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Some languages allow you to write something like

x, y, z = (1, 2, 3)

Which is equivalent to

x = 1
y = 2
z = 3

What are some of the syntax constructs that exist that perform variable destructuring/unpacking?

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    $\begingroup$ Generally the syntax for destructuring will mirror the syntax for constructing the same data. So if your language has data structures which can be destructured, then you presumably already have syntax for them. $\endgroup$
    – kaya3
    May 18, 2023 at 12:48

2 Answers 2

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For JavaScript, there are two valid syntaxes, depending on what you are destructuring. In both cases they attempt to mirror the data structure they work on:

Array destructuring

Uses [ ] to enclose the variables that need to be unpacked and does so positionally - the first variable takes on the first value, the second variable takes on the second value, etc.:

const someArray = [1, 2, 3];
const [x, y, z] = someArray;

Positions can be skipped via elision - by not supplying a variable:

const someArray = [1, 2, 3];
const [x, , z] = someArray;

Which is essentially the same as:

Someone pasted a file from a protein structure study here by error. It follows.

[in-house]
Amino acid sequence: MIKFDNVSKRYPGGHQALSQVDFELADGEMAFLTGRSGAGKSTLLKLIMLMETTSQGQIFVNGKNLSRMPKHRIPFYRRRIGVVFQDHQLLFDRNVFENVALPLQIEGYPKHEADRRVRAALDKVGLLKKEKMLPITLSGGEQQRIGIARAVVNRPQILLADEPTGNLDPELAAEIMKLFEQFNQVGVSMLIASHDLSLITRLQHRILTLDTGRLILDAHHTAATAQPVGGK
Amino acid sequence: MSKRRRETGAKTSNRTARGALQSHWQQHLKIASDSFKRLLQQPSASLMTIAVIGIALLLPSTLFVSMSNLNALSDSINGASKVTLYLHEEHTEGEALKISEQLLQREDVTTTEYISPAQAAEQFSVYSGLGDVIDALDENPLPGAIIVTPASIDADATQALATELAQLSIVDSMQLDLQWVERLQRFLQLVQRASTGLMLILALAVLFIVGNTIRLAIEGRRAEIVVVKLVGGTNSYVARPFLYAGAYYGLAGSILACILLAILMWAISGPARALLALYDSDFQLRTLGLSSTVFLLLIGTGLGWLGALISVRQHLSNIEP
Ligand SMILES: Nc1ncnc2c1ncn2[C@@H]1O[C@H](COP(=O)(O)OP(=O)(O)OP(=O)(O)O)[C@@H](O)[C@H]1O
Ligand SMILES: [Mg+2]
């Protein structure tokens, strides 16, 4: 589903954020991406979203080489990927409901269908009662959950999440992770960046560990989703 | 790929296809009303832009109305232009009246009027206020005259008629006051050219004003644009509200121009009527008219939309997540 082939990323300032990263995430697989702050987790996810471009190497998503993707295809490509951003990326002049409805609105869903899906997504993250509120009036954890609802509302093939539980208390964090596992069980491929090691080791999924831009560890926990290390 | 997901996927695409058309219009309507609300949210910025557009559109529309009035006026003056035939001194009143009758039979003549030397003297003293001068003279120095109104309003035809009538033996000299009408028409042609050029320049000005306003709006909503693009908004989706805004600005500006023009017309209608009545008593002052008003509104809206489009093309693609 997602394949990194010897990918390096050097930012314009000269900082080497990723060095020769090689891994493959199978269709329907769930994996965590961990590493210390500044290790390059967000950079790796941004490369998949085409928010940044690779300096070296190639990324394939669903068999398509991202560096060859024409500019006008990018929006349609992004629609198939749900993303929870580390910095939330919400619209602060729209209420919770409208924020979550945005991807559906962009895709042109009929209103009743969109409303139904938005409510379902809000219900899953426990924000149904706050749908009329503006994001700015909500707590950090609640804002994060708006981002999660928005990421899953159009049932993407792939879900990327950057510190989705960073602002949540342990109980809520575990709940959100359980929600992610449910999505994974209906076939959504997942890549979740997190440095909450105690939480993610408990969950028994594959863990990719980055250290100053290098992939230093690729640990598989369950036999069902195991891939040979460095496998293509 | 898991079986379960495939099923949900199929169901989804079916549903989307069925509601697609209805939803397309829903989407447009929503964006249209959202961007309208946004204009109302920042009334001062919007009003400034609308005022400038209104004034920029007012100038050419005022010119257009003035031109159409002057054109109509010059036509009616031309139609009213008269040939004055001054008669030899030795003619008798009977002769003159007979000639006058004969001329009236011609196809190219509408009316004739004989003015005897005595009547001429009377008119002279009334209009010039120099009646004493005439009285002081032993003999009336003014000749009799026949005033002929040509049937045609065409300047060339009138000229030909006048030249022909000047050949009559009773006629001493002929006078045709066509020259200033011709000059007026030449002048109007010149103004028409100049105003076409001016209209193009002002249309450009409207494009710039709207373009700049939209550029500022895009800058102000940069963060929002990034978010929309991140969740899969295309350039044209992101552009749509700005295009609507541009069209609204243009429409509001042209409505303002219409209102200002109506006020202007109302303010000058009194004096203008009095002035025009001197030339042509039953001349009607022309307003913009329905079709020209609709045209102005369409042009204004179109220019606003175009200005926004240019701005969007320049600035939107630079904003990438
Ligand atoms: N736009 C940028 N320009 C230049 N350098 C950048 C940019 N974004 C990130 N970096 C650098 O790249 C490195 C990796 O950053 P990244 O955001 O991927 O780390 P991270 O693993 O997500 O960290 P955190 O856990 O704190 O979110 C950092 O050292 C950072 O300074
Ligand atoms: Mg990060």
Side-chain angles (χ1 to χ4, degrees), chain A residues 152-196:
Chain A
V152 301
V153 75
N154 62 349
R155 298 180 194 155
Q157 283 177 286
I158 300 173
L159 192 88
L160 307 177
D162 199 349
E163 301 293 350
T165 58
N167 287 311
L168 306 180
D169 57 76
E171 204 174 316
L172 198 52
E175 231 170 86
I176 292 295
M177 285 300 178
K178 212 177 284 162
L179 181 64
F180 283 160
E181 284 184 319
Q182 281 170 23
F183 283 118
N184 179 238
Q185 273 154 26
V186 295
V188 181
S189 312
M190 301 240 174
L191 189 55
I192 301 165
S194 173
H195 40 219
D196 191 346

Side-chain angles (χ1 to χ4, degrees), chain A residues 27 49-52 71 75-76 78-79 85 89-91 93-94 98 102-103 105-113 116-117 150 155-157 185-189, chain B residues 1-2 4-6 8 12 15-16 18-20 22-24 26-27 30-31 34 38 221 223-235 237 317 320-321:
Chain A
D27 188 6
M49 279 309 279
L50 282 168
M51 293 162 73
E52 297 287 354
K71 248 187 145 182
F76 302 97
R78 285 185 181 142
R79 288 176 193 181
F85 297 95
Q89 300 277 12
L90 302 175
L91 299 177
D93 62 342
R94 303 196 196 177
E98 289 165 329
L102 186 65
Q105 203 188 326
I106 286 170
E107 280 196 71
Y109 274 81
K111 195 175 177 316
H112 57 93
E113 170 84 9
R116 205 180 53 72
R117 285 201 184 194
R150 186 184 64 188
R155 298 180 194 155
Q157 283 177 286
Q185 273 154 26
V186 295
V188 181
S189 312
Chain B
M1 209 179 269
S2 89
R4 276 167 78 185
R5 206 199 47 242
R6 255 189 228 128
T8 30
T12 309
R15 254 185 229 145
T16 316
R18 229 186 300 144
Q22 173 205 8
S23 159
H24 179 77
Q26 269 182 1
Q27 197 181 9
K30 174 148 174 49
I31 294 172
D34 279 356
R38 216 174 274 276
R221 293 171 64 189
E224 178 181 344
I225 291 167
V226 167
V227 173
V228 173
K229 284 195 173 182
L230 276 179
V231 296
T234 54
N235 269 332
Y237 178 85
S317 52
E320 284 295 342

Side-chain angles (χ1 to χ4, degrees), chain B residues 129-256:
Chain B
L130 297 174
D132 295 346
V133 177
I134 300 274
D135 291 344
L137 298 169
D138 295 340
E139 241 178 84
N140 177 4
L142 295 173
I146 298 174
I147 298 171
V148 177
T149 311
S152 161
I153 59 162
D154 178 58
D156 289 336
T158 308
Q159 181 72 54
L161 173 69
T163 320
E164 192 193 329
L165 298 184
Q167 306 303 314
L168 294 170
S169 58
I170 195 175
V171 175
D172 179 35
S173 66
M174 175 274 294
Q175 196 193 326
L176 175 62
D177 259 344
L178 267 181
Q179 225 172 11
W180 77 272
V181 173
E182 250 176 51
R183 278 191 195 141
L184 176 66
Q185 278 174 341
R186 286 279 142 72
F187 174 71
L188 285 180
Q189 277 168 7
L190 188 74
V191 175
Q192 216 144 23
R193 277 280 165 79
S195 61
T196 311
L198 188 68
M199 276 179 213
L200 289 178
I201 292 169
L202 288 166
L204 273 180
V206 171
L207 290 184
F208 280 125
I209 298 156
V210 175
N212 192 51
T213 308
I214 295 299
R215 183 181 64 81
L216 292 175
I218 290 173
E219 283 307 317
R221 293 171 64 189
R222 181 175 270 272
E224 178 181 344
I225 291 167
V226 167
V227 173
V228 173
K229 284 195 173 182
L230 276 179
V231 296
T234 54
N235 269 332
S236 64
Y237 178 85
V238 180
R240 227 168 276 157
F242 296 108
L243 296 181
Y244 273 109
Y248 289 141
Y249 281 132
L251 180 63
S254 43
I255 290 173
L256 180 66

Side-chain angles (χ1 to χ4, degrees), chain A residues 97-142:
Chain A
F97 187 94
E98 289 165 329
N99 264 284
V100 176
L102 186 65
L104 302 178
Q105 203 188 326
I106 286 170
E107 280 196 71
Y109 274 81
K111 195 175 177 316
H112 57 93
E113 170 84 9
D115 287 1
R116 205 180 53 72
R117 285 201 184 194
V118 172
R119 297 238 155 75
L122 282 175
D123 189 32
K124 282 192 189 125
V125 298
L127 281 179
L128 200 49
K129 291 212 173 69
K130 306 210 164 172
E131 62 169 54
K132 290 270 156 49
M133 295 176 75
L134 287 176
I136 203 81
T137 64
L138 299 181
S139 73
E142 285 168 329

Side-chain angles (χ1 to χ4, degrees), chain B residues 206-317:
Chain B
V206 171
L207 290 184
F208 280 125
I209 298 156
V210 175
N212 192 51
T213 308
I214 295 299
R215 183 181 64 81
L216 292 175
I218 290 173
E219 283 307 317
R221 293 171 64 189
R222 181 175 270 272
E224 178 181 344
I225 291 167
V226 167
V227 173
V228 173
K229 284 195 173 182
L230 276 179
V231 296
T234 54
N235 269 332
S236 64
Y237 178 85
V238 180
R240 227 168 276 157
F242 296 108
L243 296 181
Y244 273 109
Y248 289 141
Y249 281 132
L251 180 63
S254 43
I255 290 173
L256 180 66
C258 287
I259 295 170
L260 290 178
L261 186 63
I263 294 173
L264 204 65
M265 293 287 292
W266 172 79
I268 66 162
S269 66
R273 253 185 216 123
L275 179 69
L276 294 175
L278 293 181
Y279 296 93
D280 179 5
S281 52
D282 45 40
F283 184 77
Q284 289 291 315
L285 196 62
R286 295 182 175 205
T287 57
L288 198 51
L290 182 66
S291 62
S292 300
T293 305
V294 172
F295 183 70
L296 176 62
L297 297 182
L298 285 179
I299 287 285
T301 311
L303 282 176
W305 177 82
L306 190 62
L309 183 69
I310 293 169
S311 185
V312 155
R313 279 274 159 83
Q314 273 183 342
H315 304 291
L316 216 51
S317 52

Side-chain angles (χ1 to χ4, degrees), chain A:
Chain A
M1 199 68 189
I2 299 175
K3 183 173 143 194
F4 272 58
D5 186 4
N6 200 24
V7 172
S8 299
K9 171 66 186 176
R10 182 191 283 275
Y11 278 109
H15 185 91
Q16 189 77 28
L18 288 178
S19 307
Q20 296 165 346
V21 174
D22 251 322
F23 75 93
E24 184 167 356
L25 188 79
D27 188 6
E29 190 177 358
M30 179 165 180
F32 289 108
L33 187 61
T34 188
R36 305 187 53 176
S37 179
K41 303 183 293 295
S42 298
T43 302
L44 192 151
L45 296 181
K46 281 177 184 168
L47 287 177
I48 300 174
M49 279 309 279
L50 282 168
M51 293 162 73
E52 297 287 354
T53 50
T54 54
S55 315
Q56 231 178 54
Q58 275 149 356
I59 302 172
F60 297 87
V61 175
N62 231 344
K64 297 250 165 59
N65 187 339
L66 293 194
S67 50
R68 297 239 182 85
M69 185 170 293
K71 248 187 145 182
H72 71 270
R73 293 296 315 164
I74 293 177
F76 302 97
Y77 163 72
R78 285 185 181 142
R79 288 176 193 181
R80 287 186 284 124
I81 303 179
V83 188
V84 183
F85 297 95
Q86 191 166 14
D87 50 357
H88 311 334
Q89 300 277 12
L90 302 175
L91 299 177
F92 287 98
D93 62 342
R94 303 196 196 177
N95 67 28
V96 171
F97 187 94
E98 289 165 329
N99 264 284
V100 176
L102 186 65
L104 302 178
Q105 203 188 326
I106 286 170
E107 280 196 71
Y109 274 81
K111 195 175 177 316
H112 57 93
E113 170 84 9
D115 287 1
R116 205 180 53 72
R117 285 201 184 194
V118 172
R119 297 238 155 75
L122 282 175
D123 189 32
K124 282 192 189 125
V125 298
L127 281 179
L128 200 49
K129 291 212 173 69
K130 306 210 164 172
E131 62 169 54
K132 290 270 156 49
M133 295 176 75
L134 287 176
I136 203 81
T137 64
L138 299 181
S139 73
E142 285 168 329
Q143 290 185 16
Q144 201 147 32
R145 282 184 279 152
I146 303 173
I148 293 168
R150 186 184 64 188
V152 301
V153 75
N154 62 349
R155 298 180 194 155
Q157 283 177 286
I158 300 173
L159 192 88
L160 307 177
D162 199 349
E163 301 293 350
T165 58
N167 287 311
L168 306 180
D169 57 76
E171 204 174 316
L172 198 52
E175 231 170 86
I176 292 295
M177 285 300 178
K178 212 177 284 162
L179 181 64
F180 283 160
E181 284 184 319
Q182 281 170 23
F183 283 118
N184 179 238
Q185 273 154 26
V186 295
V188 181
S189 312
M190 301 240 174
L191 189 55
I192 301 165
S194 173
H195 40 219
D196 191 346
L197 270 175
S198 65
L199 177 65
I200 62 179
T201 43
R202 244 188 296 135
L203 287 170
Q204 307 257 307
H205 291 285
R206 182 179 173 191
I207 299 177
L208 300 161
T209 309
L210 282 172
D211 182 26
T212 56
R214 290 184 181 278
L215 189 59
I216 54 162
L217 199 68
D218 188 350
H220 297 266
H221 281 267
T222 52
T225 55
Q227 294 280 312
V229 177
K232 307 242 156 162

const x = someArray[0];
const z = someArray[2];

Rest syntax ...

The remainder of the unpacked values can be collected into a single array by using the syntax ...<variable name>, for example

const someArray = [1, 2, 3];
const [x, ...others] = someArray;

will have others = [2, 3]

Not just for arrays

The common name is "array destructuring" but it does not only work on arrays but any iterable. For example sets or generators:

const someSet = new Set().add(1).add(2).add(3);
const [x, y, z] = someSet;
const someGenerator = function* () {
    yield 1;
    yield 2;
    yield 3;
}
const [x, y, z] = someGenerator();

In a lot of common cases it is more or less the same whether you use it on arrays or not. However, that is not necessarily correct for all iterables - if consuming an iterable keeps producing values, the array destructuring will keep drawing, rather than only get the same position:

const someArray = [1, 2, 3];
const [x] = someArray;
const [y] = someArray;
const [z] = someArray;

Will produce x = 1, y = 1, and z = 1 because each of them is assigned the first position of the array. Destructuring the array produces a new iterator each time that starts from the start.

While

const someGenerator = function* () {
    yield 1;
    yield 2;
    yield 3;
}

const [x] = someGenerator;
const [y] = someGenerator;
const [z] = someGenerator;

Will produce x = 1, y = 2, and z = 3 because there is one iterator in total that keeps producing values.

Object destructuring

Uses { } to enclose the variables that need to be unpacked and does so by name:

const someObject = {x: 1, y: 2, z: 3 };

const { x, y, z } = someObject;

Essentially the same as:

const someObject = {x: 1, y: 2, z: 3 };

const x = someObject.x;
const y = someObject.y;
const z = someObject.z;

The longer form also allows for re-mapping the properties to differently named variables:

const someObject = {x: 1, y: 2, z: 3 };

const { a: x, b: y, c: z } = someObject;

Essentially the same as:

const someObject = {x: 1, y: 2, z: 3 };

const a = someObject.x;
const b = someObject.y;